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dc.contributor.advisorRajamani, Haile S.
dc.contributor.advisorAbd-Alhameed, Raed A.
dc.contributor.authorOkpako, Oghenovo
dc.date.accessioned2021-12-07T15:20:44Z
dc.date.available2021-12-07T15:20:44Z
dc.date.issued2019
dc.identifier.urihttp://hdl.handle.net/10454/18669
dc.description.abstractOne feature that is hoped for in the smart grid is the participation of energy prosumers in a power market through demand response program. In this work, we consider a third-party virtual power plant (VPP) that has “real-time” control over a number of prosumers’ storage units within an envisaged free market. Typically, a VPP with domestic energy storage will involve a bidirectional flow of energy, where energy can either flow from the grid to the prosumers’ battery or from the prosumers’ battery to the grid. Such a system requires prices to be set correctly in order to meet the market objectives of all the VPP stakeholders (VPP Aggregator, prosumers, and grid). Previous work has shown how VPPs could operate, and the benefits of using energy storage, coupled with pricing, in terms of reducing energy cost for stakeholders and providing the grid with its required load shape. The published work either assumes prices or costs or then optimises for least cost within the grid parameters i.e. losses, voltage limits, etc. However, the setting of prices in such a way that energy can be traded among VPP stakeholders that satisfies all stakeholders’ objectives has not been fully explored in the literature, particularly with real-time VPP aggregators. In this thesis, we present novel strategies for evaluating and setting the prices of a community VPP with domestic storage based on the bidirectional flow of energy through the VPP aggregator between the grid and the prosumers that mutually meet all VPP stakeholders’ objectives. This showed that depending on pricing and the VPP objectives, demand-side management could be attractive. However, the effect on the grid in terms of the load was not what was desired. A new performance index called the “Cumulative Performance Index” CPI is proposed to measure the VPP’s performance. Using the CPI, it was possible to compare and contrast between the VPP technical performance and its business case for stakeholders. Optimizing with respect to the grid’s requirement for DSM from the VPP, it was possible to achieve a CPI of 100%. This work was implemented using a novel approach on a genetic algorithm platform.en_US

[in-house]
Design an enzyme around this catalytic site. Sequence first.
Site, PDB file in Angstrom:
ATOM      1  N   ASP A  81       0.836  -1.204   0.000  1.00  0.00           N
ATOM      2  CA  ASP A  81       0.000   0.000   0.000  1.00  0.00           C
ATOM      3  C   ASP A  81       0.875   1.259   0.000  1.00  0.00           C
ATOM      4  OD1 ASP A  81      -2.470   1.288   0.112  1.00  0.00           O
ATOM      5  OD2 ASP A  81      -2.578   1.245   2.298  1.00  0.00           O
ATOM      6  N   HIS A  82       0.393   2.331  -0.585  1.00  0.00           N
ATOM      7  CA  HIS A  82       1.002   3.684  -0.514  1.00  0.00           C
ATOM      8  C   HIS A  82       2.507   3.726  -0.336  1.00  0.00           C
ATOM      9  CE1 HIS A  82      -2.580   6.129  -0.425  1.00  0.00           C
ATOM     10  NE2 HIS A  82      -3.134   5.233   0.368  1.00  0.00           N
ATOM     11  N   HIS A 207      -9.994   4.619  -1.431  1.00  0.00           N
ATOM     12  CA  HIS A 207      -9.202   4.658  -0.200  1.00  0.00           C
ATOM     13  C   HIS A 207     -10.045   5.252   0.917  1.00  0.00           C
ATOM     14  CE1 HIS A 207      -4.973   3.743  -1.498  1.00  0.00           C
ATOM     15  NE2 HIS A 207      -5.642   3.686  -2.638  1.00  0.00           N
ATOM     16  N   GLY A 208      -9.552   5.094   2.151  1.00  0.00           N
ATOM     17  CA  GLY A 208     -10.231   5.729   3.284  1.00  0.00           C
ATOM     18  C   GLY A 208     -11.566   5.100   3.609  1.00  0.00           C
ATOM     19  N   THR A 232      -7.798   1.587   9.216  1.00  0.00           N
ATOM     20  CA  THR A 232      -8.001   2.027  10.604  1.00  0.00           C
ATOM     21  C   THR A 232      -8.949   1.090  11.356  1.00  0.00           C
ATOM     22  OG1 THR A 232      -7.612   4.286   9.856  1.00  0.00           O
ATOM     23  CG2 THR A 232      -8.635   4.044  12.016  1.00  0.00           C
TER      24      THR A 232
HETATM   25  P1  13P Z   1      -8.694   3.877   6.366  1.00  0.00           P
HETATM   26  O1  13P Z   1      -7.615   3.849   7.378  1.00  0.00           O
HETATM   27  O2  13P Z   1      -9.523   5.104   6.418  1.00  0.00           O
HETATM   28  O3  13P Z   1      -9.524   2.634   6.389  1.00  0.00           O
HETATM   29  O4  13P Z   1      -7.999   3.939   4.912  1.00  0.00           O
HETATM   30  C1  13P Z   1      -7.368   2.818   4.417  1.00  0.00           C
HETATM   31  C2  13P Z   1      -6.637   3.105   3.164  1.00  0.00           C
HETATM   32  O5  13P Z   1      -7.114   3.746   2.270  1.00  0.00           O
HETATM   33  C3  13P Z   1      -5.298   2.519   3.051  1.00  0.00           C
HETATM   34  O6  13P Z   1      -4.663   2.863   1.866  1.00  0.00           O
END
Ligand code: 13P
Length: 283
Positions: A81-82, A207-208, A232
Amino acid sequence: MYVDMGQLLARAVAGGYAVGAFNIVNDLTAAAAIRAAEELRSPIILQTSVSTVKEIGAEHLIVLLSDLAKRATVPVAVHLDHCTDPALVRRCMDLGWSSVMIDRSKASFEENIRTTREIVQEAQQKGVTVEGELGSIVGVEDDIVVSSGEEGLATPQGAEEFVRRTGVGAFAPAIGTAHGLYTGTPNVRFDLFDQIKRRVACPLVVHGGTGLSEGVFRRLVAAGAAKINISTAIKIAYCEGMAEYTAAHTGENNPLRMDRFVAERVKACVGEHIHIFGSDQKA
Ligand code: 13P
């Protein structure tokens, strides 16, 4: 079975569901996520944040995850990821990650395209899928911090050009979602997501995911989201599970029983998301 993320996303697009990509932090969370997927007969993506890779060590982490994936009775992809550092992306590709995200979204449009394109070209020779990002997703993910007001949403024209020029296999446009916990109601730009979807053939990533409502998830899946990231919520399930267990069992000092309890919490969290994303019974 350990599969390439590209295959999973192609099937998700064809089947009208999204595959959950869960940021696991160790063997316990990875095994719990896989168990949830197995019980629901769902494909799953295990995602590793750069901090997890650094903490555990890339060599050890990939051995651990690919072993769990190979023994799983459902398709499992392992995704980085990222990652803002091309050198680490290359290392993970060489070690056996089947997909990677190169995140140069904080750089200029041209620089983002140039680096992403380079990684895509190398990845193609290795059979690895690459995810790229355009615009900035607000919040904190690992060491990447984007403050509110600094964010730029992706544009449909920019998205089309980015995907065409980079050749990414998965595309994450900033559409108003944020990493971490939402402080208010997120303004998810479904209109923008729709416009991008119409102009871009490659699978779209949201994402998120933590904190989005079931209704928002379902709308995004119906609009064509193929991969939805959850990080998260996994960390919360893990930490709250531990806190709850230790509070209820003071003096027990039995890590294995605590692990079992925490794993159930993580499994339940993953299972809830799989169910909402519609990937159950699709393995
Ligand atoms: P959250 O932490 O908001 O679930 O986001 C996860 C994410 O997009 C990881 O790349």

dc.description.sponsorshipNiger Delta Development Commission of Nigeriaen_US
dc.language.isoenen_US
dc.rights<a rel="license" href="http://creativecommons.org/licenses/by-nc-nd/3.0/"><img alt="Creative Commons License" style="border-width:0" src="http://i.creativecommons.org/l/by-nc-nd/3.0/88x31.png" /></a><br />The University of Bradford theses are licenced under a <a rel="license" href="http://creativecommons.org/licenses/by-nc-nd/3.0/">Creative Commons Licence</a>.eng
dc.subjectBattery storageen_US
dc.subjectVirtual power planten_US
dc.subjectProsumersen_US
dc.subjectSmart griden_US
dc.subjectState of chargeen_US
dc.subjectPricingen_US
dc.subjectStakeholdersen_US
dc.subjectGenetic algorithmen_US
dc.subjectDemand side managementen_US
dc.subjectCumulative performance indexen_US
dc.titleEnergy storage in the future smart grid. An investigation of pricing strategies and dynamic load levelling for efficient integration of domestic energy storage within a virtual power plant and its evaluation using a genetic algorithm optimization platformen_US
dc.type.qualificationleveldoctoralen_US
dc.publisher.institutionUniversity of Bradfordeng
dc.publisher.departmentSchool of Engineering and Informaticsen_US
dc.typeThesiseng
dc.type.qualificationnamePhDen_US
dc.date.awarded2019
refterms.dateFOA2021-12-07T15:20:44Z


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